Super Tuesday Caucuses Virtually Ignored by Candidates

According to the Bismarck Tribune, Ron Paul will make a last-ditch effort to garner support in North Dakota by visiting the state on Super Tuesday.  It won’t help him win the GOP nomination, but if he wins or has a strong showing in the Peace Garden State, it may enable him to prolong the agony for the other candidates.  Paul visited Alaska on Sunday and drew enthusiastic crowds, but that won’t help him, either.  Paul won the Idaho GOP straw poll on January 7, but that was light-years ago in political terms.  According to the Idaho Statesman, Romney is expected to win the Idaho caucus on Super Tuesday.

The writing is on the wall as far as Paul is concerned.  It’s just a matter of time before GOP voters realize that he doesn’t stand a chance of winning the GOP nomination.  In the last few days, Romney has picked up two important conservative endorsements -- one from Oklahoma Senator Tom Coburn and the other from Virginia Congressman and House Majority Leader Eric Cantor.  Coburn said,

What Romney has done in his 25 years in the private sector is precisely what we need a president to do in Washington.  Romney has done hard things. He has turned businesses around, told people hard truths about what needed to be done, inspired confidence and overcome excuses. Romney is not a career politician or a career legislator. As a former governor and business leader, he is an executive who knows how to use executive power.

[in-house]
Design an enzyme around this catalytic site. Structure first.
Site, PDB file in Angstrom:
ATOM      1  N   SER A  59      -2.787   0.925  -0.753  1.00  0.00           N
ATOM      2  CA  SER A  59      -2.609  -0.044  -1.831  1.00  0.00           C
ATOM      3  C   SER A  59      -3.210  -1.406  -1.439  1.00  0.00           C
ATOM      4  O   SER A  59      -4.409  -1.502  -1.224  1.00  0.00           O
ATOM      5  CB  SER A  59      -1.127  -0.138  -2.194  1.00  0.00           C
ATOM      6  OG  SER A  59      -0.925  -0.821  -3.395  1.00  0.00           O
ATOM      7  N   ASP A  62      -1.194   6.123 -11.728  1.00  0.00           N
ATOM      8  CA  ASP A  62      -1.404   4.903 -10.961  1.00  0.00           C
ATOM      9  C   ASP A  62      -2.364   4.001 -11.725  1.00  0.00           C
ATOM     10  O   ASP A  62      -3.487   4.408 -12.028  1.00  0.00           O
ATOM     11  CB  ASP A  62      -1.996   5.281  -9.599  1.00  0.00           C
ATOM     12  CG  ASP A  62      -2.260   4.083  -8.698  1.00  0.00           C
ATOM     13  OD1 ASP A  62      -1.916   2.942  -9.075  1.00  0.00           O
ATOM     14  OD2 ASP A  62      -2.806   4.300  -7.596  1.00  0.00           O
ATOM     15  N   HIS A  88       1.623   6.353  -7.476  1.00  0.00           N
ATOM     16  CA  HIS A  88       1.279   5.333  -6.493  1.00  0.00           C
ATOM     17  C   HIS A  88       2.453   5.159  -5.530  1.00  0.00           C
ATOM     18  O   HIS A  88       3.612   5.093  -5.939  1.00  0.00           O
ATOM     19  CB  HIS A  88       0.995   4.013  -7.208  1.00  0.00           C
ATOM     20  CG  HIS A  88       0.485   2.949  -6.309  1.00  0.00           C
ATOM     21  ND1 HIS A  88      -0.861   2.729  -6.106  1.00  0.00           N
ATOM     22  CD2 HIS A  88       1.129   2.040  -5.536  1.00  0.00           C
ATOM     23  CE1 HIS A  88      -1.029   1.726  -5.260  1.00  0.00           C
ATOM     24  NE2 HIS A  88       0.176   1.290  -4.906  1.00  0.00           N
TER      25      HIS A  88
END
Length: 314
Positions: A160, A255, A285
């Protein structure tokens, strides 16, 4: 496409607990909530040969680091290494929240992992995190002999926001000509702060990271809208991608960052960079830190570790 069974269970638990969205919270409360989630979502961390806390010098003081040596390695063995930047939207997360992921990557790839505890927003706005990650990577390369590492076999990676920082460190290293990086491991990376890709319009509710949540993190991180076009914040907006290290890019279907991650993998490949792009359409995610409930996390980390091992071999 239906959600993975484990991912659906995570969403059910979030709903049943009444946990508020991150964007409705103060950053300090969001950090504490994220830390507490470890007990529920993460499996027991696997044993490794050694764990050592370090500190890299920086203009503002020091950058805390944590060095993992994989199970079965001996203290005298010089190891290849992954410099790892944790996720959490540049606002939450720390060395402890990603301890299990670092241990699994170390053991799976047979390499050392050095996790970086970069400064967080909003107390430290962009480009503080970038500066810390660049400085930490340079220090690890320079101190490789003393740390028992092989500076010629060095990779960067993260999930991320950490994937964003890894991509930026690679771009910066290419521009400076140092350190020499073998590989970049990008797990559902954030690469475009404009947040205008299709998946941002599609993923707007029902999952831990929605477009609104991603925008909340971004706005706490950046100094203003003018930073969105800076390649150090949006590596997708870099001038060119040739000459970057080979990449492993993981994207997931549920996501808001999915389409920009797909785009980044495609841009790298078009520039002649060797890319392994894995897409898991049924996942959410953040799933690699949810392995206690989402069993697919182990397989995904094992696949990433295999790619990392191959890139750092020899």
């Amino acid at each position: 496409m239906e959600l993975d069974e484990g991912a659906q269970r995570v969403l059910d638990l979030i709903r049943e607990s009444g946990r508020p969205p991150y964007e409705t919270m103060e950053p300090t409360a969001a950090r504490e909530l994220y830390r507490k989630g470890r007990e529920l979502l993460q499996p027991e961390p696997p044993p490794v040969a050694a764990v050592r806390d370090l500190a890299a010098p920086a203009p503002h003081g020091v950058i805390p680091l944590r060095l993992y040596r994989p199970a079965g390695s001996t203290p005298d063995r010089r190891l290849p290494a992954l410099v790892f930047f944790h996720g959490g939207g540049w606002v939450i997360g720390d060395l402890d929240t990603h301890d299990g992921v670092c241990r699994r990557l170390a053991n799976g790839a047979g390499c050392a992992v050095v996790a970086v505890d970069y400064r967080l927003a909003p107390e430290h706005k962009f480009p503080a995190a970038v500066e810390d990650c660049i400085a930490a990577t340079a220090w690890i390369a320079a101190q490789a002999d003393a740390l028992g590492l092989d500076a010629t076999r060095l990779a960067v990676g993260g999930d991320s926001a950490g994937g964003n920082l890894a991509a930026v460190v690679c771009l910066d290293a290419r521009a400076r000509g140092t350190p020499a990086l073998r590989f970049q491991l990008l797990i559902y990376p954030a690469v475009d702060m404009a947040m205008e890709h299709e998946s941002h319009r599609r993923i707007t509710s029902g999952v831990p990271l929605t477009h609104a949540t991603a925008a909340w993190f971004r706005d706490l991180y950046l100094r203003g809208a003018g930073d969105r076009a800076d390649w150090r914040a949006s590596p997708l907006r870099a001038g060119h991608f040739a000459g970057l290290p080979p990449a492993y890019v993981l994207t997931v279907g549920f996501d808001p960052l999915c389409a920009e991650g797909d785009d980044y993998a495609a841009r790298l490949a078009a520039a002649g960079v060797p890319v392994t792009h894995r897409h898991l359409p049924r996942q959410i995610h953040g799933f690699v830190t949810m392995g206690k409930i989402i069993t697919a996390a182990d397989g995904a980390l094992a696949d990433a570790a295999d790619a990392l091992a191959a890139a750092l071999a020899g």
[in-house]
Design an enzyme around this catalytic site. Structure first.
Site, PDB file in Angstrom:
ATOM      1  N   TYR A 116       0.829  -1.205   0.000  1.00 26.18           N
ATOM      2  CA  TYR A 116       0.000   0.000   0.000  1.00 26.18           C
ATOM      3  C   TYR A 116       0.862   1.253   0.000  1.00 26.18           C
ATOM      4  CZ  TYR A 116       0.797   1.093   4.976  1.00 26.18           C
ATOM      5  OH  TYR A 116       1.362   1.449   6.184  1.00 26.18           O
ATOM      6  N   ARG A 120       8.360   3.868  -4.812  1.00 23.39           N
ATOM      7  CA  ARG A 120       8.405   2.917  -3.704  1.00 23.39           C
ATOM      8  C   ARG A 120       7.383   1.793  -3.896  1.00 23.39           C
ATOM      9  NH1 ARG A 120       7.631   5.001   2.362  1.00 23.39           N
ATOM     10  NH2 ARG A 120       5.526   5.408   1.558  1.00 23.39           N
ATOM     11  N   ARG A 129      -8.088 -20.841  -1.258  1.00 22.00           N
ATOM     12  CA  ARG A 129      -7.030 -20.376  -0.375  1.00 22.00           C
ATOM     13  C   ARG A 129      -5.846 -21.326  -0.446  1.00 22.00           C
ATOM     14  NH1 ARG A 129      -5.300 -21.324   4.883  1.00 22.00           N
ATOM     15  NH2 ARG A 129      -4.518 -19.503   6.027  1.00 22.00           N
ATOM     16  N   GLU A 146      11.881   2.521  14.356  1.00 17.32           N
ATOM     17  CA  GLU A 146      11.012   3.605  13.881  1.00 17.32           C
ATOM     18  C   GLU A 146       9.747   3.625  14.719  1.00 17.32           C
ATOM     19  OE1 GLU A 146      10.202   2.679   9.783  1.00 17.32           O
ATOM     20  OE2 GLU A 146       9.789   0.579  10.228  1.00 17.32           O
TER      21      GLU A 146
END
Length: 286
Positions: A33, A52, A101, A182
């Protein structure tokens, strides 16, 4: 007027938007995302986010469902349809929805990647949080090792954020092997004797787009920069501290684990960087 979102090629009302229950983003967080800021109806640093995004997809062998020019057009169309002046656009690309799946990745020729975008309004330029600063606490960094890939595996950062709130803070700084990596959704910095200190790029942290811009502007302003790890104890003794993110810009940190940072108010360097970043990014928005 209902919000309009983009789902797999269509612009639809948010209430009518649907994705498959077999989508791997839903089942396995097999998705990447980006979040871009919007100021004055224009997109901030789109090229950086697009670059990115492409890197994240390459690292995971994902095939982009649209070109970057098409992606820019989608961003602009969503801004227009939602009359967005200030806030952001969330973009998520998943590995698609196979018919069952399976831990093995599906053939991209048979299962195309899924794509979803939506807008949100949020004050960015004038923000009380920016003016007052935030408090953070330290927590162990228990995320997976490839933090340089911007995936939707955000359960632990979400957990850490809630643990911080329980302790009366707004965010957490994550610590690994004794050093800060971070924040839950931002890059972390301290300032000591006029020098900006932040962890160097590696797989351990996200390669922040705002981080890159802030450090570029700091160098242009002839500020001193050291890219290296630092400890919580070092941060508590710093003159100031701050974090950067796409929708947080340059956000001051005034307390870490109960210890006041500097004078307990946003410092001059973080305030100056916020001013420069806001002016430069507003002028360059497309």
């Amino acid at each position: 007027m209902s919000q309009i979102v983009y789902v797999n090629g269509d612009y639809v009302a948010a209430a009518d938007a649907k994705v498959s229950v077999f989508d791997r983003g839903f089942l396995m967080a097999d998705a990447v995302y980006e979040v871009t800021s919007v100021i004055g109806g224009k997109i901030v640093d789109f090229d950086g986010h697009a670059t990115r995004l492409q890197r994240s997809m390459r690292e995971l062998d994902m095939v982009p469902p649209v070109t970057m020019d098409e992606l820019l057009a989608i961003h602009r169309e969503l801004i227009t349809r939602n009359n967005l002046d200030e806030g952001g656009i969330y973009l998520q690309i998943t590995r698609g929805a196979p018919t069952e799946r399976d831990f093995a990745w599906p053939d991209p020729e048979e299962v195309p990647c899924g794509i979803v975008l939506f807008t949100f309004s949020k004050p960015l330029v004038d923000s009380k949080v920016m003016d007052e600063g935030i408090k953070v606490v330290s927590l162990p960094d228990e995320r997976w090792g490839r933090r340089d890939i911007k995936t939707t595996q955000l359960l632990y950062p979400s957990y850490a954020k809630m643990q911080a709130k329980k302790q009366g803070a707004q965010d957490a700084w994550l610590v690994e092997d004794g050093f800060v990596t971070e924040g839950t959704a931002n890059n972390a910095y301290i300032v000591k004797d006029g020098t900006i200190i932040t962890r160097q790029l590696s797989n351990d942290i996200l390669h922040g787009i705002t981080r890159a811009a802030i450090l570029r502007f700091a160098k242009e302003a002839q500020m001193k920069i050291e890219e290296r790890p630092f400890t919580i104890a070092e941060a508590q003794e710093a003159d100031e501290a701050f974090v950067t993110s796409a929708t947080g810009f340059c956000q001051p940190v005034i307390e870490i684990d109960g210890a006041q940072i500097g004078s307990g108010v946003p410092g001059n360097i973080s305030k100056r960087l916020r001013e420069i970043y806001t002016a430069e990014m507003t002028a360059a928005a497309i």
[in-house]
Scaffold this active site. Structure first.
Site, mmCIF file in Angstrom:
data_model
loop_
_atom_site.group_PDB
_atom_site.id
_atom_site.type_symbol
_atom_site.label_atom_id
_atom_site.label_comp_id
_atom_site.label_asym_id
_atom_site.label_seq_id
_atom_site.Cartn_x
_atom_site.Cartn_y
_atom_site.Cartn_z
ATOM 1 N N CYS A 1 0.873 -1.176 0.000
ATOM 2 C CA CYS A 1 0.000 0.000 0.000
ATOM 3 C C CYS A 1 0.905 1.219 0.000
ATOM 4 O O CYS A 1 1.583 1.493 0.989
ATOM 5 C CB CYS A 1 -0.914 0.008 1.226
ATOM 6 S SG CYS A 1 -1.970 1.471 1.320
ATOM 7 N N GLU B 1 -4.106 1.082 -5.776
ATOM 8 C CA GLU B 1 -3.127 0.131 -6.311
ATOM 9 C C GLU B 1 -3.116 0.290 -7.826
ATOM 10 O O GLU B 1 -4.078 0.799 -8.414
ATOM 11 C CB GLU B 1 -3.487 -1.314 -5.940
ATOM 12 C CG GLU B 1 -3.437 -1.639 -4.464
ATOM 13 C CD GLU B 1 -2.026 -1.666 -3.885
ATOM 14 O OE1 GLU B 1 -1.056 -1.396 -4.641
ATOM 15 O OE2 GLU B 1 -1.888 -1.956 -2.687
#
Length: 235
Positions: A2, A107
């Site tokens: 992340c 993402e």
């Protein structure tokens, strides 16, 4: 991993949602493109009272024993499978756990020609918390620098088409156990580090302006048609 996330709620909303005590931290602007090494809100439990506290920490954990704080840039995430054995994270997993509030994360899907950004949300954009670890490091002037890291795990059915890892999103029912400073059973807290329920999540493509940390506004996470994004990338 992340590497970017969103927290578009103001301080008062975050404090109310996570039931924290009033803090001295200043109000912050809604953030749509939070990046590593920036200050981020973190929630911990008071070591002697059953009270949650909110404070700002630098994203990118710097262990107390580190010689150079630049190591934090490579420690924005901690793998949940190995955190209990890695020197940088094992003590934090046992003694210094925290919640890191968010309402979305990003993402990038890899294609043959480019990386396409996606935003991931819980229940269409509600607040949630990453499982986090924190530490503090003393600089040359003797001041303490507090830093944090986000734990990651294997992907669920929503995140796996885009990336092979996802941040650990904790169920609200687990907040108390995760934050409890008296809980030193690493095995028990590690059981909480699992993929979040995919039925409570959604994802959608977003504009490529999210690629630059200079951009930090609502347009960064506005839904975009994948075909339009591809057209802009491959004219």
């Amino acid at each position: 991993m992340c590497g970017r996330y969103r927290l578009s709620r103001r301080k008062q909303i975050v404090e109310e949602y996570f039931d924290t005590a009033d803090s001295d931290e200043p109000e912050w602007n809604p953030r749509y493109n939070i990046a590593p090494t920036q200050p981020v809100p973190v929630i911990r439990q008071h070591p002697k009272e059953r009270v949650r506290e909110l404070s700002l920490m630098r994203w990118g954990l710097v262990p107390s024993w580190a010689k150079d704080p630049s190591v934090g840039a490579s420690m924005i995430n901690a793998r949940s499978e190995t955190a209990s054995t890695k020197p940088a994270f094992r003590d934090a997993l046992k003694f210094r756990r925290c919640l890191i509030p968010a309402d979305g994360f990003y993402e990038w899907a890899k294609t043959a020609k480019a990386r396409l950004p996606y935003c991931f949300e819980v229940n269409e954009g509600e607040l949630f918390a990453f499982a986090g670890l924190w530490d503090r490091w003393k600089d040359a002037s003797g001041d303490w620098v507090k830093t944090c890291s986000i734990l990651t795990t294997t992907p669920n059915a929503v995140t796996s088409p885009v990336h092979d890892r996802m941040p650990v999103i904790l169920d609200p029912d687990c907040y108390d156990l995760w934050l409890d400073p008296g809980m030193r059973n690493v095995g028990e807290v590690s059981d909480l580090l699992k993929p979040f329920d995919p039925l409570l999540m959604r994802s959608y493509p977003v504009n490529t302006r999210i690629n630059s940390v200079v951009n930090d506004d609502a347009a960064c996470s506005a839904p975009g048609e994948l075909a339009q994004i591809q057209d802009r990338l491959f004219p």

Cantor said,

What I have seen is a very hard-fought primary. And we have seen now that the central issue about the campaign now is the economy. I just think there's one candidate in the case who can do that, and it's Mitt Romney.

A lot has been said over the last few weeks about enthusiasm or the lack of it.  Republican stalwarts fear that the protracted and bruising race for the GOP nomination is putting a damper on voters’ passion.  That may be true, but Democrats are in worse shape than Republicans at this stage of the game as the chart below shows:

President Obama is crisscrossing the country and doing everything he can to gin up support for his re-election bid, but to little or no avail.  As Election Day in November approaches, the cadre of leftist radicals and uninformed young people who helped elect him in 2008 may engage so nothing should be taken for granted, but most Americans disapprove of the president’s performance.  That’s not likely to change unless the economy picks up steam in a hurry.  Mitt Romney explained why succinctly:

“This president has made some promises that he couldn’t keep.  He’s out of ideas, he’s out of excuses, and in 2012 we are going to make sure he’s out of office.”

It’s time for Ron Paul to drop out of the race. Romney is the logical person to receive his endorsement since he’s beginning to fire up support among prominent conservatives. Gingrich should drop out, too, if he doesn’t win the Georgia primary by a landslide.